Share story

ANCHORAGE — Thin barrier islands five miles off the tip of the Alaska Peninsula shelter Izembek Lagoon from the Bering Sea, but it’s what’s beneath the surface that makes the lagoon special and part of a brewing, cross-continent fight.

Sen. Lisa Murkowski, R-Alaska, is pushing for a road between King Cove, population 938, where flying is often impossible, and Cold Bay, home to an airport that can operate in almost any weather.

The U.S. Fish and Wildlife Service and departing Interior Secretary Ken Salazar last week rejected a land swap that would have allowed the road to be built through the Izembek National Wildlife Refuge, skirting the lagoon.

Murkowski and her allies say a road would be safer than what’s happening now. Residents of King Cove have died trying to fly to Cold Bay and a hospital in Anchorage. Murkowski isn’t backing down and has threatened to block President Obama’s choice to head the Interior Department, REI CEO Sally Jewell, unless the administration agrees to a land exchange that will lead to construction of a road.

This week, save 90% on digital access.

“I’d like to think that I’m not going to have to use that tool, but it’s available to me and I am going to do everything that I can within my power as a United States senator to make sure that the safety of the people in the King Cove/Cold Bay region is not compromised,” she said.

The political battle is far from the heart of the lagoon, where the world’s largest known bed of eelgrass grows upward in green ribbons from the shallow ocean bottom. Every fall, the eelgrass provides a buffet for millions of geese and other waterfowl as they leave Alaska for warmer climates.

Almost the entire population of Pacific brant descends on Izembek National Wildlife Refuge, foraging a mile or so offshore. The small sea geese watch for bald eagles launching attacks from bluffs. Endangered Steller’s eiders feed on tiny invertebrates. Tundra swans, emperor geese and countless shorebirds make appearances.

Murkowski, generally an advocate for environmental issues, has argued that people should come first in this particular case.

Coast Guard helicopter crews answered five emergency calls in King Cove last year. Murkowski said they regard the King Cove airport as the most dangerous in the state. A 1981 crash out of King Cove killed a pilot, a nurse practitioner, a health aide and a crab fisherman who was being evacuated because his foot had been severed. And six passengers died in a 1982 crash on a flight from Kodiak to King Cove.

Debate over environmental values versus human life at Izembek has been going on since most of the refuge was designated as wilderness in 1980. King Cove residents say they were not consulted before their access was restricted.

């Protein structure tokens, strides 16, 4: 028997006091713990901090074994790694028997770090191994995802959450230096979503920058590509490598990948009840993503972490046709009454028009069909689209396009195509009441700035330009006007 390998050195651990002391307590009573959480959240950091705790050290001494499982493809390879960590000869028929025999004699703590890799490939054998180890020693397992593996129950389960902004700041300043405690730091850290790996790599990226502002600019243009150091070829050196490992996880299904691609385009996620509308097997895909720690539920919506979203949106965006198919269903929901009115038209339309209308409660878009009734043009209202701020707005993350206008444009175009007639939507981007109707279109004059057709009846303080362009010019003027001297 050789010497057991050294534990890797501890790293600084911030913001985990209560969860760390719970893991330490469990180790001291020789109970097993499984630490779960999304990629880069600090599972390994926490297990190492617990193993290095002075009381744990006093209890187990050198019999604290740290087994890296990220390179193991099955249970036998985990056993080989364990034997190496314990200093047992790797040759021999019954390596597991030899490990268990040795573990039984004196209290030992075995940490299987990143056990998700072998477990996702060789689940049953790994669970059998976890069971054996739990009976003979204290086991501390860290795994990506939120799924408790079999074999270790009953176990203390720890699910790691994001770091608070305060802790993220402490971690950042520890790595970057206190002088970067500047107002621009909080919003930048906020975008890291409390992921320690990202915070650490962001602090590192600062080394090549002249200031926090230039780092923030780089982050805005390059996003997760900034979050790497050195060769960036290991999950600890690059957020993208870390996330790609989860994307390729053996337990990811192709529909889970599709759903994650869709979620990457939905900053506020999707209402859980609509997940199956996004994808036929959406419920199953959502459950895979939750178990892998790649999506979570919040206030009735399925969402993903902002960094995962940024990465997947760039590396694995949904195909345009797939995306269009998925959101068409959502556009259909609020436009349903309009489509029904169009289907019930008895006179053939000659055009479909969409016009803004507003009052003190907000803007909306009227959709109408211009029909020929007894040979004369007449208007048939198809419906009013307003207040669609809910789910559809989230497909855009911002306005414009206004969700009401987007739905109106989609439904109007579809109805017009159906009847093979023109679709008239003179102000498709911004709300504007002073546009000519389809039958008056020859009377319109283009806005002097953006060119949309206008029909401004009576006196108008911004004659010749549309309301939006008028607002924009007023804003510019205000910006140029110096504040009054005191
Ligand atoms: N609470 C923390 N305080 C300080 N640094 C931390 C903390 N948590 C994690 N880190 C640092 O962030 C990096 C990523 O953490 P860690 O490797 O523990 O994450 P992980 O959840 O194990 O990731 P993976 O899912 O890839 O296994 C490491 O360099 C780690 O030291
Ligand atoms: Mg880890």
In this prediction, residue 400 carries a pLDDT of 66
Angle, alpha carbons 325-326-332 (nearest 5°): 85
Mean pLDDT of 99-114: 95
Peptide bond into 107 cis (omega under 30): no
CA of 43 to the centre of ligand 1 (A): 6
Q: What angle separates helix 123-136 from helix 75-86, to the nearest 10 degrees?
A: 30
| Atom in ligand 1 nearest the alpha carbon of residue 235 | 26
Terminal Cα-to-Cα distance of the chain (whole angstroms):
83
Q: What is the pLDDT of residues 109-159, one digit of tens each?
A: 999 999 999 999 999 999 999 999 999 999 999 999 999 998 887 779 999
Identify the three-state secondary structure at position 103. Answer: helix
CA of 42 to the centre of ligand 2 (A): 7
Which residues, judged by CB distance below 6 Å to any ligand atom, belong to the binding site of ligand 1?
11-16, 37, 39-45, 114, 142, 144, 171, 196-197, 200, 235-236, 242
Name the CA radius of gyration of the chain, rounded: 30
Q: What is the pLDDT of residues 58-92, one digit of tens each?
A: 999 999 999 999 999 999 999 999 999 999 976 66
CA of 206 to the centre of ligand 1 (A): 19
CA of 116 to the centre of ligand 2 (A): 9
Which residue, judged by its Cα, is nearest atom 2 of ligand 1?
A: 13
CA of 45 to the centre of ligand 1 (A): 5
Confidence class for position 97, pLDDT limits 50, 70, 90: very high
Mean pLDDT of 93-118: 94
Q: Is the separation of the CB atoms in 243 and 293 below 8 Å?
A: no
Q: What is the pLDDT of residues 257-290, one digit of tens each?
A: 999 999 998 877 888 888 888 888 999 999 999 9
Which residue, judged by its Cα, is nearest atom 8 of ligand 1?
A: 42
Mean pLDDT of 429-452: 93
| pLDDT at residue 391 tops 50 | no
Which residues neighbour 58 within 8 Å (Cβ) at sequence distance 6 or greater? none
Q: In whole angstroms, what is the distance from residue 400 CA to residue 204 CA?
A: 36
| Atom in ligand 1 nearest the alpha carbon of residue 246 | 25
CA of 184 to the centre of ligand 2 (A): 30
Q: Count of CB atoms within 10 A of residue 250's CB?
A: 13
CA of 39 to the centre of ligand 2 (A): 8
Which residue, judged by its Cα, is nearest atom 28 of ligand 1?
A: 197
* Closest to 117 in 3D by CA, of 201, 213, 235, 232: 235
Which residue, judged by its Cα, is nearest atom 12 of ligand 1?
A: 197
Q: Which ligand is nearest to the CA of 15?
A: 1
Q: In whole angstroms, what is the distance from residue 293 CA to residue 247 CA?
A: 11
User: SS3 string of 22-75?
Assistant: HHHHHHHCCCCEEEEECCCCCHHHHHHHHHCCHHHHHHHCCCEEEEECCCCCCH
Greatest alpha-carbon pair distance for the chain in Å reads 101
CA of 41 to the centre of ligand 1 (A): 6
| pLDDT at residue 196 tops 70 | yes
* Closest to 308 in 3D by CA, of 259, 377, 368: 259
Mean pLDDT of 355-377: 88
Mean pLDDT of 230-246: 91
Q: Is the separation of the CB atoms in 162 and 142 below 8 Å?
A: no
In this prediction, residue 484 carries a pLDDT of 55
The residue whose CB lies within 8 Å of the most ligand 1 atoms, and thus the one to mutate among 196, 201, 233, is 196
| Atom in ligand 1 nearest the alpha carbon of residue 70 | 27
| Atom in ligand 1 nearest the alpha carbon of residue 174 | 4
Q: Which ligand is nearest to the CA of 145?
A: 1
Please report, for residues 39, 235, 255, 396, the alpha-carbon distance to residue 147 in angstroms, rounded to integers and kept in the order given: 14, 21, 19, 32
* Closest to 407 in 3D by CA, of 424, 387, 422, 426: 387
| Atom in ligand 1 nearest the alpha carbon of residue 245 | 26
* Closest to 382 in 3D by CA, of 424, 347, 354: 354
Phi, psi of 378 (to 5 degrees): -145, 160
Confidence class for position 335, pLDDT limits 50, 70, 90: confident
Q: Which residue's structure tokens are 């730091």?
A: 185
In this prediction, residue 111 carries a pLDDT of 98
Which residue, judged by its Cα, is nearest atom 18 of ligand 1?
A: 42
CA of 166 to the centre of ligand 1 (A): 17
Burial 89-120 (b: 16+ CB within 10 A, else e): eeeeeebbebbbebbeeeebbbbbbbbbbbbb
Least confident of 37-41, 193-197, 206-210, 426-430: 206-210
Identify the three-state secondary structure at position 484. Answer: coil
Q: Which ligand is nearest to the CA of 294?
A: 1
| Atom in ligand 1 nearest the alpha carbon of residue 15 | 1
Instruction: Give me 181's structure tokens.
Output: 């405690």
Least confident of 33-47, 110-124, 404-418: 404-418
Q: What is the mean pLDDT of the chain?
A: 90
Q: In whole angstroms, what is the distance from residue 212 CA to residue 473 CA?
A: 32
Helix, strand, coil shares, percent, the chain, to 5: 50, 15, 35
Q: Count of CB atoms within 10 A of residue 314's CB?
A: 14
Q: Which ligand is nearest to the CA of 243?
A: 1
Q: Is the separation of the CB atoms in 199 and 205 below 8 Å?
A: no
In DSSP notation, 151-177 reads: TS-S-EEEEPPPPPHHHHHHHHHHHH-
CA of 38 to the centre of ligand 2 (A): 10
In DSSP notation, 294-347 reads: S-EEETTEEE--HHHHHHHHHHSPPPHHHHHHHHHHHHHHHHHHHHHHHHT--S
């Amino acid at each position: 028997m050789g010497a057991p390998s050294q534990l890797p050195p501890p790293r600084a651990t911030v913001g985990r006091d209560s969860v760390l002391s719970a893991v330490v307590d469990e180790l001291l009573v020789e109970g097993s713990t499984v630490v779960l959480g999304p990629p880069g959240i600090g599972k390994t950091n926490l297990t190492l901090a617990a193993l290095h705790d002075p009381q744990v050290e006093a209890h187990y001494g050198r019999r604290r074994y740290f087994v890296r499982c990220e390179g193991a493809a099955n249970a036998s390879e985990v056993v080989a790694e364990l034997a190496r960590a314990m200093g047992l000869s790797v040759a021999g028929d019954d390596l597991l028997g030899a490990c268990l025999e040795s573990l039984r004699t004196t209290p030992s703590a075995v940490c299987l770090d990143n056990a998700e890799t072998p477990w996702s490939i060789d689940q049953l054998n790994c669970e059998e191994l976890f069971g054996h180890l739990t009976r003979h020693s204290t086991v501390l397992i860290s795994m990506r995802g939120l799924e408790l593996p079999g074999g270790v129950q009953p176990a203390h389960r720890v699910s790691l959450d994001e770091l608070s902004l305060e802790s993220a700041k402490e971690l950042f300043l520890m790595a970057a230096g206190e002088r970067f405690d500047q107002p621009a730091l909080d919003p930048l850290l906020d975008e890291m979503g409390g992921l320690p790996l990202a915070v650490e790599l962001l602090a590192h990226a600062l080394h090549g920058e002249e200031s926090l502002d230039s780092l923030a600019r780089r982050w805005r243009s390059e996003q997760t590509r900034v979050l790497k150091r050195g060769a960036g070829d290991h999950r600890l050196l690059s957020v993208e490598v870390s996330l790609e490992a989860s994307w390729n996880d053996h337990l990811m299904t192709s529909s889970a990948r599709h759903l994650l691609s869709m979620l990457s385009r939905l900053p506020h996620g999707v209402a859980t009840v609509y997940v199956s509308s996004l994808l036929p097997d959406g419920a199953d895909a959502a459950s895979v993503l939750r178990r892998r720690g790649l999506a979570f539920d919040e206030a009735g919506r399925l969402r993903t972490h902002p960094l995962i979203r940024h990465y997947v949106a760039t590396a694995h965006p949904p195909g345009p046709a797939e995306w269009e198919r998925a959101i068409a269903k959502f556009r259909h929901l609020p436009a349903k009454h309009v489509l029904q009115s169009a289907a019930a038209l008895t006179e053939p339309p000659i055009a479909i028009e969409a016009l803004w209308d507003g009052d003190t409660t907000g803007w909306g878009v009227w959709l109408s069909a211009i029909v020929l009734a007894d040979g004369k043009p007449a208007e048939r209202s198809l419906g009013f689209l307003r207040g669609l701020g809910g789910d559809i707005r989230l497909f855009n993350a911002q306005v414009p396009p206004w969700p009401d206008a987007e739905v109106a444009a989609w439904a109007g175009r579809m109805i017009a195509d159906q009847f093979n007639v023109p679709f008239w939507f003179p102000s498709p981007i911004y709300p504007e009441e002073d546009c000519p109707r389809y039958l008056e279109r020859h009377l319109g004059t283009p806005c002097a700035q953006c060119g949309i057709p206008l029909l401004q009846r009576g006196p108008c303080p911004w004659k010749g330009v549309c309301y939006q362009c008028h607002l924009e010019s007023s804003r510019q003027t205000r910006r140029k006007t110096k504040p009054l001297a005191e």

Residents seeking a road in 1998 received a sympathetic reception in Washington, D.C., but left with a consolation prize. Congress appropriated $37.5 million to upgrade medical facilities and spend $9 million on a hovercraft.

Icing and big waves often kept the hovercraft in port, said Aleutians East Borough Administrator Rick Gifford. At $73 for a one-way ticket, the projected revenue never materialized.

The boat turned into a $1 million annual drain on the budget and the borough ended service in November 2011.

With the hovercraft out of the picture, King Cove officials renewed their call for a road. With the backing of the state and an Alaska Native corporation, they made an offer they thought the federal government could not refuse: 43,093 acres of state land and 13,300 acres of land owned by King Cove Corp. for a 10-mile corridor through the refuge and acreage from another federal refuge.

The U.S. Fish and Wildlife Service and Salazar concluded the additional acreage could not match the quality of habitat at Izembek and would disrupt the birds.

Salazar will meet Thursday with King Cove residents, and he could change his mind.

But Noah Matson, vice president for landscape conservation for Defenders of Wildlife, said Salazar made the right call. Matson said he believes the 1998 compromise for a marine route was the best answer because it protected internationally recognized wetlands.

“The hovercraft successfully transported, safely, many people from King Cove to Cold Bay,” he said.

The proposed road would run along what’s essentially a fjord, he said, with avalanche danger and erosion potential for the bay. The same wicked winds that ground airplanes and hovercraft will render a road impassible with snow drifts, he said, and make the road as expensive to maintain as the hovercraft.

Custom-curated news highlights, delivered weekday mornings.